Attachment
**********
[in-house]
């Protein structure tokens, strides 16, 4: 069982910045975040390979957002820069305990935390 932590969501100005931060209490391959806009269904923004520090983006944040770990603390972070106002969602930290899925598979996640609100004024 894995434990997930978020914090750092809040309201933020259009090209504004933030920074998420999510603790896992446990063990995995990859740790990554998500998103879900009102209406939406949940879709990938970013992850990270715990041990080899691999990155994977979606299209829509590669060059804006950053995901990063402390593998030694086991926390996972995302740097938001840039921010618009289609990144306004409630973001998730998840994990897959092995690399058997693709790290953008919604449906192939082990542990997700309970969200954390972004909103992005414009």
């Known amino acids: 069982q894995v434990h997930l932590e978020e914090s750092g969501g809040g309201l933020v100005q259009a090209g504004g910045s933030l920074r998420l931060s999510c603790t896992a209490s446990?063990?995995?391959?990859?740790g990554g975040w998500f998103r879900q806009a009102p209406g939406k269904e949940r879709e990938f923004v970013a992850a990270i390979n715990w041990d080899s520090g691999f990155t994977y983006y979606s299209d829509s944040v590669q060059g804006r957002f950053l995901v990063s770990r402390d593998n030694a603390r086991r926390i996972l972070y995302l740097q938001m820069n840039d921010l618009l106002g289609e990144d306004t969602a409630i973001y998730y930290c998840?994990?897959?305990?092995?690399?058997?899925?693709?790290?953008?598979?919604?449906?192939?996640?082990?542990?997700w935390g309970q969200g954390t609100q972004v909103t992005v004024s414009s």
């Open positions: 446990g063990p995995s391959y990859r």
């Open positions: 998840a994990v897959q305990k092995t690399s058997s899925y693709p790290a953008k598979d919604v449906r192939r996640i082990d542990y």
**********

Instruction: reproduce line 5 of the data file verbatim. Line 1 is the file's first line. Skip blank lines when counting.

């Open positions: 998840a994990v897959q305990k092995t690399s058997s899925y693709p790290a953008k598979d919604v449906r192939r996640i082990d542990y």